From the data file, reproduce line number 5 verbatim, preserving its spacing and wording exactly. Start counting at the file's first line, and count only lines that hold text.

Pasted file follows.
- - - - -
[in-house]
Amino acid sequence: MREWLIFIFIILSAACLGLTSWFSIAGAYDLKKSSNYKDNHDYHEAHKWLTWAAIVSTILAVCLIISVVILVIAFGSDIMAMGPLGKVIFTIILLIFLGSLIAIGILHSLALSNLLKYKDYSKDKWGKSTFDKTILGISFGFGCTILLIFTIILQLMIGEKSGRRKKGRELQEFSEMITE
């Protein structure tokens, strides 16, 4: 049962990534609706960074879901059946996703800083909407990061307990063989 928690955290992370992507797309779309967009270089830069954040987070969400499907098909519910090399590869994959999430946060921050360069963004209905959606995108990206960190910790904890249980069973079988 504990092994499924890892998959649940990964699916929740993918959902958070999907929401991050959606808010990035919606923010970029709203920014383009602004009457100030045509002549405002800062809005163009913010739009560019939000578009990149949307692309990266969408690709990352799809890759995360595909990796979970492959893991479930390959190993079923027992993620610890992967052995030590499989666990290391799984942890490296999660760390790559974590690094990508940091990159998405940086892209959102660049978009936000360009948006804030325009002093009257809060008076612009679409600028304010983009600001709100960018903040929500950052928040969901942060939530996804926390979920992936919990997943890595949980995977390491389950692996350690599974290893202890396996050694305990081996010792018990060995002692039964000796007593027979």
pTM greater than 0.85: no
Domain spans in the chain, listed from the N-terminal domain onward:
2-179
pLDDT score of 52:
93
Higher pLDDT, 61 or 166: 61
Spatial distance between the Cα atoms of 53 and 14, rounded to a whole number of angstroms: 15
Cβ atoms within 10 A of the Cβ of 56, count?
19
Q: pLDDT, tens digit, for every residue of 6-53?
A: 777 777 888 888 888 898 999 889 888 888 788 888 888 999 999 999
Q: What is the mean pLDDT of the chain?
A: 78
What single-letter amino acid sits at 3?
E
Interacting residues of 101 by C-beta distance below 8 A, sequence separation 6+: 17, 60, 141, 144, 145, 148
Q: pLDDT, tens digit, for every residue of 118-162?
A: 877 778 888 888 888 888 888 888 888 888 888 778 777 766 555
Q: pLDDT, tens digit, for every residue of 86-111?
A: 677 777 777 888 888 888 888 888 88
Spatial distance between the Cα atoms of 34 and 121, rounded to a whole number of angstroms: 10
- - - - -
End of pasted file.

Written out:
Domain spans in the chain, listed from the N-terminal domain onward: